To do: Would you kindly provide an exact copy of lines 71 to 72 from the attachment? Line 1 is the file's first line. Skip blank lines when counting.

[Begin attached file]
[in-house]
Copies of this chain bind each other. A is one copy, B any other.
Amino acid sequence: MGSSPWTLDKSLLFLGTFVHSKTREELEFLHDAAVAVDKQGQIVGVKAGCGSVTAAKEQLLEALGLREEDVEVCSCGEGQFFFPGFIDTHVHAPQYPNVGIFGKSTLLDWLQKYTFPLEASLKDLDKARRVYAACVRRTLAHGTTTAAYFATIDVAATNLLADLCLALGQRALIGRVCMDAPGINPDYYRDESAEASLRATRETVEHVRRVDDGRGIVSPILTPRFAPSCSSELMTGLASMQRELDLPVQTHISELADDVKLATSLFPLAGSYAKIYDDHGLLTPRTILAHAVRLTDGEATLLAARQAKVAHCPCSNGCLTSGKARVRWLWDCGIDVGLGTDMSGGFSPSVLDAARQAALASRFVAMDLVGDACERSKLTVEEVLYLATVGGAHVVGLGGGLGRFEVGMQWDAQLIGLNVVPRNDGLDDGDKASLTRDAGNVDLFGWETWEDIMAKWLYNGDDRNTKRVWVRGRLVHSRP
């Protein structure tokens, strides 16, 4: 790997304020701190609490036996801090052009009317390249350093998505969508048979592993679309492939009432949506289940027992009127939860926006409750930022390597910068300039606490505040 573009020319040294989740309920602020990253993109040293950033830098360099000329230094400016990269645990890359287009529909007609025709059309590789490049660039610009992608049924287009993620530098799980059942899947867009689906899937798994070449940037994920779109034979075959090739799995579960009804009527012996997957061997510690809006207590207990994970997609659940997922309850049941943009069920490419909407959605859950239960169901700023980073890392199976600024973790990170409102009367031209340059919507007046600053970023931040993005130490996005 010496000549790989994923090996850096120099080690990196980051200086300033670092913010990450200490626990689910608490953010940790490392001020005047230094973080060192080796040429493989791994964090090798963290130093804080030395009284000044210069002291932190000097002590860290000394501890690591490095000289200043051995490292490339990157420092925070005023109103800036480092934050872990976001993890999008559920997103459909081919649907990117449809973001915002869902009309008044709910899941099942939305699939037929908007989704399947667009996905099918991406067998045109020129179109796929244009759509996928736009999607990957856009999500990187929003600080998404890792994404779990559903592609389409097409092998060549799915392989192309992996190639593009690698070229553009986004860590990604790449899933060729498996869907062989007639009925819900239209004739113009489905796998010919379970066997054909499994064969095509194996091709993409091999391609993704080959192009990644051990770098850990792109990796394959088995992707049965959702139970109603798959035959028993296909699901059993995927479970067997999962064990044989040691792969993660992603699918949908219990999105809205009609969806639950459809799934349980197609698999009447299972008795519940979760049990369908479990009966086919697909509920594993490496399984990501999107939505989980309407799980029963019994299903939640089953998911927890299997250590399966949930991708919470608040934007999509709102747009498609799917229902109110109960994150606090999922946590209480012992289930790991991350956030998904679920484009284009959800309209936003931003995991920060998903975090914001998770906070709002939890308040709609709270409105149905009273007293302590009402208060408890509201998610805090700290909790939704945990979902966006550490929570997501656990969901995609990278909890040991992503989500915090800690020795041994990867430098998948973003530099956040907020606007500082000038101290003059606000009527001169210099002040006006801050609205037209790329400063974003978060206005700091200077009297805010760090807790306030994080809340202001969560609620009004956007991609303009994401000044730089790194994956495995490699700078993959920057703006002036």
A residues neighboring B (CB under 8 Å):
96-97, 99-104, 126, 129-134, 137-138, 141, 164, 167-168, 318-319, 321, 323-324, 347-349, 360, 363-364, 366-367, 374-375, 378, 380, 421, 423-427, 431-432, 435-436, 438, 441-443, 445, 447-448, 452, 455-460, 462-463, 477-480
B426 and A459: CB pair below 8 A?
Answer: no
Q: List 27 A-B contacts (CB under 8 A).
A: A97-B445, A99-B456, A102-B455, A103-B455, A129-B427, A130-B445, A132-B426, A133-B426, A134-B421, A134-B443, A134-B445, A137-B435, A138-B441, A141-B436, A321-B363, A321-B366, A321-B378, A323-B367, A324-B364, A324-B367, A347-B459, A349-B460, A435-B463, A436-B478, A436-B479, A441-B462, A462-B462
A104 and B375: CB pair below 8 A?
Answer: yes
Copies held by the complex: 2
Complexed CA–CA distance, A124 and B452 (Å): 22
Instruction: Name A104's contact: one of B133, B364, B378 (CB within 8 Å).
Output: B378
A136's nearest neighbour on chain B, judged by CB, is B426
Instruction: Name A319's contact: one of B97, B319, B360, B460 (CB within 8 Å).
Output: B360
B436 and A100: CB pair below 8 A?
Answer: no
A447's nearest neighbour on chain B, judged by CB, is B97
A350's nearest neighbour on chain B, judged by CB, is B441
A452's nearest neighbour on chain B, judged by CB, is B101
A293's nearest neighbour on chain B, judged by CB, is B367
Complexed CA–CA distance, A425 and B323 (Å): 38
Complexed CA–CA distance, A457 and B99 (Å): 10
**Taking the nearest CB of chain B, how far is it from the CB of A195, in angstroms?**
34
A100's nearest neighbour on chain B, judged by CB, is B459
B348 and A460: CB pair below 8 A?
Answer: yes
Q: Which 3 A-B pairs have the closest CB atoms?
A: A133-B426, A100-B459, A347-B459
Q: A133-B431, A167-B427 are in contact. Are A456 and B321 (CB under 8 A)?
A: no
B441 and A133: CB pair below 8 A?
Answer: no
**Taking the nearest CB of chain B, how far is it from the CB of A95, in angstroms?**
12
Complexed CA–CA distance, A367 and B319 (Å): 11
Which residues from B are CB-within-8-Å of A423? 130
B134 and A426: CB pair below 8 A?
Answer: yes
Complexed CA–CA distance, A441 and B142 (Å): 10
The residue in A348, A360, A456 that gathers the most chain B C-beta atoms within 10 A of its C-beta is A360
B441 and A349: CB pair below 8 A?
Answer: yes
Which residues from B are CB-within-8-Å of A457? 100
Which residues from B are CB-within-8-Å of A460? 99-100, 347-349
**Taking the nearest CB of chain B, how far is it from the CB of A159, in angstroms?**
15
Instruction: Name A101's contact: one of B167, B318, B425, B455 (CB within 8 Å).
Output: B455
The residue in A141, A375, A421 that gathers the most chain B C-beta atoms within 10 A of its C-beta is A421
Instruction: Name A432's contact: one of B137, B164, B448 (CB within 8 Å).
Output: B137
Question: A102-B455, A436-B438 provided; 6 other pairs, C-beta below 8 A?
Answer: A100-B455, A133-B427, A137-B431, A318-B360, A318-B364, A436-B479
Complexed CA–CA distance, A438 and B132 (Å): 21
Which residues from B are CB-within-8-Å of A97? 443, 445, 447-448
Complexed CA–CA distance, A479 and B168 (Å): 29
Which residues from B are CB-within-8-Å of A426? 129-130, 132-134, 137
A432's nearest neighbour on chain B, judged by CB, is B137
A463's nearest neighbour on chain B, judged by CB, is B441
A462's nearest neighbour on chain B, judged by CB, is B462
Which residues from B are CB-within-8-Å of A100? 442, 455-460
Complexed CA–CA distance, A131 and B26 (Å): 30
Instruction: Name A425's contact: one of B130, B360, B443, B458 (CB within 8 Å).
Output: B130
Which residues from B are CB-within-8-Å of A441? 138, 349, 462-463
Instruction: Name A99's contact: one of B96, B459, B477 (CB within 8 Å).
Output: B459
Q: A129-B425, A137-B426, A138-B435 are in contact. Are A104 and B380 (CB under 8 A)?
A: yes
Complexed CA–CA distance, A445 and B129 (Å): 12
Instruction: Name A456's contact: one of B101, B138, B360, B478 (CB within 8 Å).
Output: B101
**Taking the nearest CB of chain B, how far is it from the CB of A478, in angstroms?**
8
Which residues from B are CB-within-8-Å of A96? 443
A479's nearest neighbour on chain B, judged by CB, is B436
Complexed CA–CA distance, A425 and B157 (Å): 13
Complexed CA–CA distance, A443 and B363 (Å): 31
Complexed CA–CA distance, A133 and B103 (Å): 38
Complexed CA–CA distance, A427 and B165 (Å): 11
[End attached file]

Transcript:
Which residues from B are CB-within-8-Å of A441? 138, 349, 462-463
Instruction: Name A99's contact: one of B96, B459, B477 (CB within 8 Å).